Preliminary research also appears to indicate that genetic differences in apo E, a key protein in the metabolism of LDLs, may predict a person's risk for coronary heart disease. For example, people who have one form of apo E appear to have higher LDL levels and develop coronary heart disease earlier than those with other forms. On the other hand, those who have a different form of apo E may have some protection from heart disease.

Researchers have also found a way to measure lipoprotein (a), or Lp(a), a cholesterol-rich lipoprotein that is associated with a tendency toward clotting (thrombosis) and enhanced plaque formation. In some studies, high levels of Lp(a) seem to indicate an increased risk of coronary heart disease in men and women. Estrogen and ­niacin are among the few drugs that are known to lower Lp(a). However, because the research findings relating Lp(a) and coronary heart disease are not consistent, routine measurement and treatment of Lp(a) are not recommended. This measurement may, however, be helpful in individuals with a personal or family history of premature coronary heart disease, indicating additional benefit from a more intensive reduction in LDL cholesterol.

Measurements of apolipoproteins are providing researchers with more and more tools for predicting an individual's risk of coronary heart disease. Some of these tests are becoming available at laboratories. Talk with your doctor to determine if any of these newer tests, in addition to the standard blood-cholesterol tests, would be beneficial in providing more information about your cholesterol levels. Be advised, however, that not all these tests are standardized, they tend to be more expensive, and they may not provide information that would change the course of treatment.

Along with apolipoproteins and overall cholesterol, doctors must check your triglycerides. On the next page, learn what these are and why a high level of triglycerides may be harmful.

This information is solely for informational purposes. IT IS NOT INTENDED TO PROVIDE MEDICAL ADVICE. Neither the Editors of Consumer Guide (R), Publications International, Ltd., the author nor publisher take responsibility for any possible consequences from any treatment, procedure, exercise, dietary modification, action or application of medication which results from reading or following the information contained in this information. The publication of this information does not constitute the practice of medicine, and this information does not replace the advice of your physician or other health care provider. Before undertaking any course of treatment, the reader must seek the advice of their physician or other health care provider.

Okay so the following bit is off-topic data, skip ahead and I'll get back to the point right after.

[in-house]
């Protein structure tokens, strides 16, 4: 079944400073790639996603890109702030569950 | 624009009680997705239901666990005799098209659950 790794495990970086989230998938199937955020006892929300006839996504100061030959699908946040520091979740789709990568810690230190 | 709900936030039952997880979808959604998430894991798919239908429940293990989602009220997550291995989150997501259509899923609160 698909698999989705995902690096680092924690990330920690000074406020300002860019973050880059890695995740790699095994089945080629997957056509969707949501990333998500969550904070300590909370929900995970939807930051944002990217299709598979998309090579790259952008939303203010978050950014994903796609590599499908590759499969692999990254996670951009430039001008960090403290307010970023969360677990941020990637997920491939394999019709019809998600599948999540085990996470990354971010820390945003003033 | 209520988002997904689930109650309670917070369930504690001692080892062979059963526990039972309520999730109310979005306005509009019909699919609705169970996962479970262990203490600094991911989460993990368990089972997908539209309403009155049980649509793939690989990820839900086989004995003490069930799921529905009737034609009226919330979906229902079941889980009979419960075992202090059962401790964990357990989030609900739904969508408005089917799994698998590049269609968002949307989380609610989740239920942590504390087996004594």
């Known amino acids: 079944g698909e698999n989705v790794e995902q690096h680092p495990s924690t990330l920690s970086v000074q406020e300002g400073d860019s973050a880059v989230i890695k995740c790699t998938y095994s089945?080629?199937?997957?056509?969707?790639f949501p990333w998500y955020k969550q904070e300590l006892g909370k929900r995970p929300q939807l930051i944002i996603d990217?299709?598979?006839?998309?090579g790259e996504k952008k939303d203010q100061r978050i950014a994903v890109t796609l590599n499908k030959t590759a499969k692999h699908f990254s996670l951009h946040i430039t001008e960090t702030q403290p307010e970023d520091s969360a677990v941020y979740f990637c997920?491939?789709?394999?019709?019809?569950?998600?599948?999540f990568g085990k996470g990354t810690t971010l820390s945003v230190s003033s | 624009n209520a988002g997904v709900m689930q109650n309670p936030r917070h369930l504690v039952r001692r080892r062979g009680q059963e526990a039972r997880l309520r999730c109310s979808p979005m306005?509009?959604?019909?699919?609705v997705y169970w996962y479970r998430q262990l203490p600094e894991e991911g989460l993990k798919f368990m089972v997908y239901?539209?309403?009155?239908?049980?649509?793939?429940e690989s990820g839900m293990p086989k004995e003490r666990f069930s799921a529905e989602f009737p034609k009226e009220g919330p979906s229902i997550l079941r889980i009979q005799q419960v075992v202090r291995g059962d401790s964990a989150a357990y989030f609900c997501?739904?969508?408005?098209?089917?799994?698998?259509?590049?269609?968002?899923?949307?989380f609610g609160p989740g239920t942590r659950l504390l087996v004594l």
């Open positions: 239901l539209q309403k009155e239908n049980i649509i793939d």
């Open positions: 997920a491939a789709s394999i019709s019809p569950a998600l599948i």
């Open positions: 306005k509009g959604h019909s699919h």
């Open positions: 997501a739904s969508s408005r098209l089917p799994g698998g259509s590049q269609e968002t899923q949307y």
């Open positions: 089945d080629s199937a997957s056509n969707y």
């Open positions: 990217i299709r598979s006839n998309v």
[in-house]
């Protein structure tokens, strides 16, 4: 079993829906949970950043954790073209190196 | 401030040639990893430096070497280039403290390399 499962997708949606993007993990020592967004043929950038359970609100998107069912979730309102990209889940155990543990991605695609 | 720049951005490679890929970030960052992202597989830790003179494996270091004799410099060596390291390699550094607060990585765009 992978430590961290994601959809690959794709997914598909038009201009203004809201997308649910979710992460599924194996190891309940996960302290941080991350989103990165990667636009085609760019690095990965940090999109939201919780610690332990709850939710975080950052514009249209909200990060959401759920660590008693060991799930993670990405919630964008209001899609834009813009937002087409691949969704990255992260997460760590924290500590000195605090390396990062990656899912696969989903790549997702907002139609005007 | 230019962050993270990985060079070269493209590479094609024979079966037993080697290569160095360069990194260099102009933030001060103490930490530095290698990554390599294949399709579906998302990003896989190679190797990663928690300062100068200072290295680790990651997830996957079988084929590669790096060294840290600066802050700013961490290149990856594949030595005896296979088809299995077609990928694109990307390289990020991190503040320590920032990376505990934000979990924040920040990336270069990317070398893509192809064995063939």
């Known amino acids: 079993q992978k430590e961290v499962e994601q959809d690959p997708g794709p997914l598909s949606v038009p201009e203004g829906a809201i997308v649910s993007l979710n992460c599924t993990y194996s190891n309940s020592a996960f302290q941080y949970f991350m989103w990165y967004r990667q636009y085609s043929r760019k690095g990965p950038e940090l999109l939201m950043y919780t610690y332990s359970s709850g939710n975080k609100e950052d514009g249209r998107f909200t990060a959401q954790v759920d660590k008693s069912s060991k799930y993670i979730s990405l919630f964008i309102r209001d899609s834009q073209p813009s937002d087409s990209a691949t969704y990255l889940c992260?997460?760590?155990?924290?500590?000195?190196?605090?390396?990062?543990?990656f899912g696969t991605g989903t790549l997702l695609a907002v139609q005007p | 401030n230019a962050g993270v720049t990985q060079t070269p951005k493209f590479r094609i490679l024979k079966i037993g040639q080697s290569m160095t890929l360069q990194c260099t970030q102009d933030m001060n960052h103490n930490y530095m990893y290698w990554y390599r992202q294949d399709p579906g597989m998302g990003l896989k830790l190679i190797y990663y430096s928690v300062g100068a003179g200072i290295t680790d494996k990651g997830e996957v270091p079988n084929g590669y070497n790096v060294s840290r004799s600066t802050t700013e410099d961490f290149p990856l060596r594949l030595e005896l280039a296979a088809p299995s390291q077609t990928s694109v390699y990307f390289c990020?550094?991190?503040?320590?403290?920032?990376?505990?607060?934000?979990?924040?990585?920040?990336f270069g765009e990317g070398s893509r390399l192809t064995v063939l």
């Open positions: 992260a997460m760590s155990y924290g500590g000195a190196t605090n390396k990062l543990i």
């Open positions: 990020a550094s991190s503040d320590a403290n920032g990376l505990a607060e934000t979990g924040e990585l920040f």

Triglycerides

Most fats in food are made up primarily of triglycerides. In order to use the energy stored in fat, the body breaks down triglycerides into fatty acids, which individual cells burn for energy. Like cholesterol, some fat is normally found in the blood; it travels through the bloodstream to get from its food sources and body stores to the cells that use it. Fat also needs lipoproteins to carry it through the bloodstream.

To illustrate how important these lipoproteins are for fat transport, drop a tablespoon of oil into a glass of water and watch what happens. The fat and water repel each other. This reaction makes transport of fat through blood difficult. When fat is encased in a lipoprotein that prevents it from mixing with blood, however, it can move effortlessly through the bloodstream.

Although all lipoproteins carry some triglycerides, chylomicrons (a lipoprotein) and the very-low-density lipoproteins (VLDLs) are the primary movers of triglycerides. Each transports triglycerides from a particular source.

When fat from foods is digested in the body, the fatty acids are released and then packaged into triglycerides in the intestines. The chylomicrons pick up these triglycerides, along with dietary cholesterol, and transport them through the blood to the muscle cells and fat cells. An enzyme residing on these cells breaks down the chylomicrons so that the fatty acids can enter the cells.

Cholesterol is left behind in the remnant, which makes its way to the liver. The enzyme works quickly: Within five minutes, it can clear from the blood half the triglycerides absorbed from a meal. Within a few hours after a meal the enzyme will have removed all the chylomicrons from the blood.

When your body makes its own fat in order to store extra calories from food, a different lipoprotein takes care of transportation. The VLDLs carry the fat that is made in the liver, along with cholesterol, to the cells where the fat is stored. Once the VLDLs have dropped off their triglycerides, they contain mostly cholesterol and evolve into LDL molecules.

Scientific research appears to show that the blood-triglyceride level, unlike blood-cholesterol level, does not independently predict risk of heart disease in the general population, although it did have predictive value for older women in the Framingham Heart Study. Doctors do not find large amounts of triglycerides in the plaques that clog arteries.

On the other hand, people who have survived heart attacks often do have high blood-triglyceride levels. A high triglyceride level may be one indicator of something called the metabolic syndrome, which is also characterized by abdominal obesity, low levels of HDL cholesterol, high blood pressure, and insulin resistance. People with metabolic syndrome are at an increased risk of coronary heart disease.

Cholesterol is a delicate balancing act. With the newfound knowledge from this article, you'll be better equipped to control your own cholesterol.

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ABOUT THE AUTHOR

Dr. Neil Stone is a professor of clinical medicine in cardiology at the Feinberg School of Medicine of Northwestern University and a practicing internist-cardiologist-lipidologist at Northwestern Memorial Hospital. He also serves as the Medical Director of the Vascular Center for the Bluhm Cardiovascular Institute. Dr. Stone was a member of the first and third National Cholesterol Education Program Adult Treatment Panels and a past chairman of the American Heart Association Nutrition Committee and Clinical Affairs Committee.